C and the dangers of memcpy()

Updates:

  • 2019-08-12 – Added note about using unions.

In the C programming language, memcpy (memory copy) is a function used to copy a range of bytes from one location in memory to another. I have used it often. Today, my boss mentioned something about not liking memcpy() because of all the dangers of using it. I understand that incorrect addresses, bad calculations, and simple omissions from a copy/paste can cause a memcpy() to have bad results. But, what’s the alternative?

He mentioned that he prefers to use C structures to copy data around, as opposed to using memcpy() to copy blocks of data.

Instead of doing this…

char Buffer1[64];
char Buffer2[64];

// Load Buffer1 with something.
strncpy (Buffer1, "Copy this string over", 64);

// Copy Buffer1 into Buffer2.
memcpy (Buffer2, Buffer1, 64);

That’s a simple, straight-forward example that seems hard to mess up. But doing something like this would be impossible to mess up:

typedef struct
{
    char Buffer[64];
} CopyStruct64;

CopyStruct64 Buffer1;
CopyStruct64 Buffer2;

// Load Buffer1 structure with something.
strncpy (Buffer1.Buffer, "Copy this string over", 64);

// Copy Buffer1 structure into Buffer2 structure.
Buffer2 = Buffer1;

Interesting. With properly defined structures, copying a block of data from one place to the other is done using code generated by the compiler.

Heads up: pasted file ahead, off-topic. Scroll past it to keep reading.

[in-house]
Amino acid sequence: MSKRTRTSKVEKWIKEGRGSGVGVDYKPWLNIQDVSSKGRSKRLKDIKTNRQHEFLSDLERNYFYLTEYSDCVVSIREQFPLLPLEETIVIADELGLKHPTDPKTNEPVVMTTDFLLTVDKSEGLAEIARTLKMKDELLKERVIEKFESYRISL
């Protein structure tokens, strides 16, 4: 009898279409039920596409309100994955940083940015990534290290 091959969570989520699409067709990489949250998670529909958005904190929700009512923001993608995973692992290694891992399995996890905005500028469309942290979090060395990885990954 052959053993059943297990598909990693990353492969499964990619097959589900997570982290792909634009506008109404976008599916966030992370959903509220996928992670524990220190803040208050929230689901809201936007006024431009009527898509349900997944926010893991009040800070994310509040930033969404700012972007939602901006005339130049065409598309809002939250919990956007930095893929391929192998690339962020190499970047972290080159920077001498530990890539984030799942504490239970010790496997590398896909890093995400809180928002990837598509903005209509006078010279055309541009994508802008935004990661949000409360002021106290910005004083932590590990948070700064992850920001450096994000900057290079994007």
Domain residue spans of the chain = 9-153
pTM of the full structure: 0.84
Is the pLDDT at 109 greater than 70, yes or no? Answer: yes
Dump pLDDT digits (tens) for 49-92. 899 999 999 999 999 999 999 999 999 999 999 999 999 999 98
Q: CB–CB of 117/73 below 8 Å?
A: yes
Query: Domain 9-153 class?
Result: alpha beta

(Update) And it seems I misspoke. He was actually talking about using unions, not structures. I’ve used unions as unions, but never for something like this. I did a similar test. (I realize there are several ways to declare a union, but I am using typedef so it looks similar to the above structure example.)

typedef union
{
    char Buffer[64];
} CopyUnion64;

CopyUnion64 Buffer1;
CopyUnion64 Buffer2;

// Load Buffer1 structure with something.
strncpy (Buffer1.Buffer, "Copy this string over", 64);

// Copy Buffer1 structure into Buffer2 structure.
Buffer2 = Buffer1;

Using union appears to work the same way, and since my example was not using structure elements, it seems to make more sense to do it that way. (End of Update)

I’m just now wrapping my brain around this, trying to figure out how this approach could be used to avoid using memcpy() and pointers.

What do you think? Am I on the right track to what he was talking about?

Until next time…

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